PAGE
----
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European Parking News

Charges vs. Fines; Itís Back to the Gulf; And 70,000 Spaces

December, 2017

Peter Guest

Another day and another column due, and here’s the thing, news-wise absolutely nothing seems to have happened that is worth spending ink on.


For sure, the European Parking Association has had its biennial congress, and lots of stuff was said and a few awards made. The trouble is that two years ago, when I attended I realized that I was listening to a speech that I had been hearing, with minor variations, for the last 10, 20 years — long on earnest intent and vision, rather shorter on progress and achievements.


Only the buzz words and jargon seem
to change.


So, I didn’t go this time and perhaps missed a life-changing experience, although I suspect not. I got cynical when I was about 10; you would never guess would you?


Over the last months, I have been spending quite a lot of time in the Gulf again. And one piece of information that I picked up got me thinking.


Many years ago, when God was a child and I worked in London, there was a rule of thumb that set the parking fine at about 10 times the hourly parking charge. There was a certain logic to this. If you parked for the day and paid, and the charge was X, then a working day would cost 8X. So, if the fine was 10X, then the fine deterred, in theory.


Now the flaws in this are obvious; not everyone gets caught and even if they are they may not pay. And with the system at the time, the fine died after six months. Not surprisingly, by the time the system was abandoned, there were probably more people parking illegally than legally in central London.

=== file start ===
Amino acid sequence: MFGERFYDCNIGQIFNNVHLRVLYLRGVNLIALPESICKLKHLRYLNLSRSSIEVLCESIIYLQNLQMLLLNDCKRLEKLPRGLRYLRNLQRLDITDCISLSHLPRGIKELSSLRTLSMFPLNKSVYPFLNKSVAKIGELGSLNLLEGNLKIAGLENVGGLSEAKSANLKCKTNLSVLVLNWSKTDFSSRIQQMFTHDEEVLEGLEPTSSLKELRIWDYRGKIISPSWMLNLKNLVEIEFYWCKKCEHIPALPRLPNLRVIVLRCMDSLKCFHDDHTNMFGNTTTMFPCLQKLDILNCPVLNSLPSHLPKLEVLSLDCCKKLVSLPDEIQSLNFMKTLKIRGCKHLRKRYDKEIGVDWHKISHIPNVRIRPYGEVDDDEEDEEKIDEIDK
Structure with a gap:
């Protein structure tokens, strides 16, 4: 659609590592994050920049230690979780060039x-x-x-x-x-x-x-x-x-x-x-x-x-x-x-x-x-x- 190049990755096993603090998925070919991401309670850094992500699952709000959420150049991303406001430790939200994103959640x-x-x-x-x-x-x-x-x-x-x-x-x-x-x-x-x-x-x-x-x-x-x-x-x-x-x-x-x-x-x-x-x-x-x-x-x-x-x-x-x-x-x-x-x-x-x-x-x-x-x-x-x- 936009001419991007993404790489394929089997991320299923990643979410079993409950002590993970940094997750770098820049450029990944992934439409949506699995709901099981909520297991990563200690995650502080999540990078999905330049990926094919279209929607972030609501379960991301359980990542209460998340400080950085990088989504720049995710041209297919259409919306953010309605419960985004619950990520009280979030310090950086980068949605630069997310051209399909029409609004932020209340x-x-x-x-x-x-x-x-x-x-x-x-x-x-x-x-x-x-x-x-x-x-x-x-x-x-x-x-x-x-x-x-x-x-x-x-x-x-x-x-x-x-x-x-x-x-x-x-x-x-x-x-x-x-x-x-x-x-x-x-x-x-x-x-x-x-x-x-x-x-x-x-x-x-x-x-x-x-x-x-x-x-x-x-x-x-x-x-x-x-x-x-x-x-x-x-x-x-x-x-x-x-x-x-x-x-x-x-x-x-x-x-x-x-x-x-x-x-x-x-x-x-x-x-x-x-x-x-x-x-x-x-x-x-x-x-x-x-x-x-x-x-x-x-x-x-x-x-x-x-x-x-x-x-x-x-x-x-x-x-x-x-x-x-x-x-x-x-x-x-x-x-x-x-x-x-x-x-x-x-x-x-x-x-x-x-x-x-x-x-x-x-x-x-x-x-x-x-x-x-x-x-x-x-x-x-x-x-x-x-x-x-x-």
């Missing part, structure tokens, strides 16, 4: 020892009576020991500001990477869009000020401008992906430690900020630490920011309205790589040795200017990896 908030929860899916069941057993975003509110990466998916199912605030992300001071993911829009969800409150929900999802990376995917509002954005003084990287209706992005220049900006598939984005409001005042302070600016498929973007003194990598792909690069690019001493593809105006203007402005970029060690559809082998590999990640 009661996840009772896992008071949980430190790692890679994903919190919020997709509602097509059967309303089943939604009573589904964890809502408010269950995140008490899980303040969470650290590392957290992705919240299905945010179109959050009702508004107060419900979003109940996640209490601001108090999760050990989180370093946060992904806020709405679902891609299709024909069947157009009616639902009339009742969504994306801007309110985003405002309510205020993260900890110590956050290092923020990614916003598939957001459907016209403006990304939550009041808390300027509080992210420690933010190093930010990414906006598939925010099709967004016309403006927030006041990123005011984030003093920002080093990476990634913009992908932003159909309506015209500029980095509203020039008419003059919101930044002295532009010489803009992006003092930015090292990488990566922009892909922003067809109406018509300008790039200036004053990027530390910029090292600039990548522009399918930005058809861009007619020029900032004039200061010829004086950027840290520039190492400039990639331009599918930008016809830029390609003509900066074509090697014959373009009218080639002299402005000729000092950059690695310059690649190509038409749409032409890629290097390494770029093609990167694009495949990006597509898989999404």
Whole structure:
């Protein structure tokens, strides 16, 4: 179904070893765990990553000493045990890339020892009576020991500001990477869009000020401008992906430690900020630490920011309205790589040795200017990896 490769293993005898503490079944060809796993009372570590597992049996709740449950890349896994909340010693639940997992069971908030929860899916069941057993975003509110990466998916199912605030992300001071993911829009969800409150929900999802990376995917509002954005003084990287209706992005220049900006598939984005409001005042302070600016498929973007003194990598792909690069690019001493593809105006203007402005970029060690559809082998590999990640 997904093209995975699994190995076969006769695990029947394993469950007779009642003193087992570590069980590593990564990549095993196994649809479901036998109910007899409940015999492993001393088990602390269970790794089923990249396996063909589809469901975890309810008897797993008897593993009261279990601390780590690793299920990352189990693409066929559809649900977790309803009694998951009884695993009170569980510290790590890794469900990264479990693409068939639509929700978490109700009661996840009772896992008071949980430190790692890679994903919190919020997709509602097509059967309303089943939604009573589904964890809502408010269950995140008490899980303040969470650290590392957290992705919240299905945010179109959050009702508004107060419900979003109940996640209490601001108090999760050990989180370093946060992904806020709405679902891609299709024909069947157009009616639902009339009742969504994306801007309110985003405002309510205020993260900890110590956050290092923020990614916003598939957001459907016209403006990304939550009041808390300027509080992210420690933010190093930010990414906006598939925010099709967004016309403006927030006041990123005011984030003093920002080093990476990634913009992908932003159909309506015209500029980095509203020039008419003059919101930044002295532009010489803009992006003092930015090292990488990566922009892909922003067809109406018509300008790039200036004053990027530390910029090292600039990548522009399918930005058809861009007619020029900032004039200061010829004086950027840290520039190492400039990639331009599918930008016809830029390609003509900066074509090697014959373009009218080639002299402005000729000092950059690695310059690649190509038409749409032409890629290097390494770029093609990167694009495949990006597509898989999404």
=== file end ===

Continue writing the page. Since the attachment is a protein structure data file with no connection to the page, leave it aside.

In the 1990s, the system started changing with a shift from police to municipal enforcement and, at the same time, parking fines, as a multiplier of an hourly charge, started to creep up. Evidence from the “new” system is not unambiguous, and I think that it is far from clear whether the level of non-compliance is any better.


What we do know is that in most municipalities, the income from fines is at least as large as the money paid for legal parking.


When accounts are published, the annual outcry in certain newspapers about “rip-off parking scams” and “cash cow motorists” have actually become more predictable than death and taxes. I have yet to see a single column inch decrying the high levels of criminality among motorists that these figures represent.


Why did the Gulf make me think of all this? In Abu Dhabi, UAE, they have adopted a very different perspective on the balance between parking charges and parking fines. In my opinion, the parking charge is very low, 2 or 5 dirhams per hour. That’s about 60 cents to one and a half dollars, this in one of the richest places in the world. By contrast, the fine is 200 dirhams or 60 dollars, 100 times the parking fee. So, a small charge and a big fine.


Does it work? The hell it does. Tens of thousands of fines are issued every month even though, because of their legal system, the probability of having to pay the fine is just about 100%.